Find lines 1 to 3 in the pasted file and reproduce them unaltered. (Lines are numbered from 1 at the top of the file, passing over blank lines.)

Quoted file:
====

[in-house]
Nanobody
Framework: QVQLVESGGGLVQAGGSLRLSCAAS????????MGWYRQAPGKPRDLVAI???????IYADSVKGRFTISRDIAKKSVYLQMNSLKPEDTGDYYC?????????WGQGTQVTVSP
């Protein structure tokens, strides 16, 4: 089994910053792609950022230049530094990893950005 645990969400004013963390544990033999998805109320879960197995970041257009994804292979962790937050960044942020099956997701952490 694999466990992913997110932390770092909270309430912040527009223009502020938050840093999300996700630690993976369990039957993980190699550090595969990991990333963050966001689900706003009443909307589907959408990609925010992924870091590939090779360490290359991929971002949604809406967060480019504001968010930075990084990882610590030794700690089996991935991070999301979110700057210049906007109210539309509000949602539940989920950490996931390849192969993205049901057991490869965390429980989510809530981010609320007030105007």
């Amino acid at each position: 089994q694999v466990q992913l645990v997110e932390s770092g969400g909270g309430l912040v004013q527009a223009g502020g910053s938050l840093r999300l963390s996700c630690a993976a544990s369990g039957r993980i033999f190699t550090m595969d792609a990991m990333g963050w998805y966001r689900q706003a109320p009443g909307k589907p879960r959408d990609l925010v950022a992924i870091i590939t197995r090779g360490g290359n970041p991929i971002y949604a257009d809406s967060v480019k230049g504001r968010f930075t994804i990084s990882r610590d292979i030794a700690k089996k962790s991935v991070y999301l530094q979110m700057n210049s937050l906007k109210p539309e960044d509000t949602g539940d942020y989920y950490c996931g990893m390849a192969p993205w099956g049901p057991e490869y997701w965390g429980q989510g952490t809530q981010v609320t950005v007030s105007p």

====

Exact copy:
[in-house]
Nanobody
Framework: QVQLVESGGGLVQAGGSLRLSCAAS????????MGWYRQAPGKPRDLVAI???????IYADSVKGRFTISRDIAKKSVYLQMNSLKPEDTGDYYC?????????WGQGTQVTVSP